8. Avions Voisin

    As someone who's been in involved with what was once upon a time, this "hobby," and on both coasts, the Pebble Beach mentality has destroyed this pastime as much as anything, and i say this having auld friends who've won both best in class and best of show there. Phi Hill said it best, that he'd "....seen more cars forever ruined for the sake of another few points" at tournaments of credit lines and ego like Pebble Beach. The wrong materials, the wrong finishes; grotesque overrestoration is de rigueur, despite all the sputtering, proclamations to the contrary. Concourses d'elegance in Europe in the late '20s, '30s, were just that, NOT janitorial d' nonelegance. In the day, the cars were driven through rain and parked on the field, perhaps a bit of mud still on the tires, the cars judged solely on their design, aura, innate allure----nothing else. Retaining a sole "Preservation Class" at Pebble is a bit of cynicism fooling no one, so business can proceed as usual. It says much for the state of the hobby that i post a question about an extremely limited-production Voisin (above) and the only response is that i might purchase a $1,100 tome on the company. And now we're back to yacking about trophy hounds because MOST of these old cars are cosmetically restored old bombs with occasionally rebuilt engines, merely as people like doing engines but not attending to the myriad details that comprise an automobile. Can't help notice that increasingly, posters on this site have some attendant business. Be nice to get back to the cars, the facts.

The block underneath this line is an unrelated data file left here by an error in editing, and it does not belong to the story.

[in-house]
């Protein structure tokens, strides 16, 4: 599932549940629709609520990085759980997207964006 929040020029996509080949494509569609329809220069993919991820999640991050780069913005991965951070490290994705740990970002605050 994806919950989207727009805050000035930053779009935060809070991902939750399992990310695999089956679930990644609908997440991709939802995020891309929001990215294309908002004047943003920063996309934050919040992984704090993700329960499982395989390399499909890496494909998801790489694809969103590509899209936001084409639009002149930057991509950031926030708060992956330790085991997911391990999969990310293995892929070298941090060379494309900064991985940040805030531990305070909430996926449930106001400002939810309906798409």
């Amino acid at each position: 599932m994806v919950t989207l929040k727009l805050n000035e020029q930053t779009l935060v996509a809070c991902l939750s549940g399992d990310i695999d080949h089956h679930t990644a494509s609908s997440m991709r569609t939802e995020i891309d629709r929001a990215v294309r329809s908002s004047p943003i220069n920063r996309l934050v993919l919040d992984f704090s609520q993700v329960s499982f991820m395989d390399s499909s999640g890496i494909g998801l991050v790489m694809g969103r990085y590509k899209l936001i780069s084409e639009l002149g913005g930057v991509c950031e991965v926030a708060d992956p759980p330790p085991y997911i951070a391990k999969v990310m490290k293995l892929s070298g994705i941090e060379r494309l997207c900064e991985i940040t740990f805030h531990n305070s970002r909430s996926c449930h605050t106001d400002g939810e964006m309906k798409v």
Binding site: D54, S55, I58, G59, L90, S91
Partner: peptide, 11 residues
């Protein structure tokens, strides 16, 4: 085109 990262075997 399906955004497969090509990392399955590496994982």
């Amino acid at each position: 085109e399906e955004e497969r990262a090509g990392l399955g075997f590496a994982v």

9. Need advice & counsel on '30 Packard 745

    Snopak --- Thanks for the above tip. I know John, but haven't seen him in ages, forgot albout him--- and he owns a nice '32 Light Eight roadster, knows the older cars, too. BTW, i have your bound collection of "Packard Tips," a wonderful source which i recommend to all Packardites.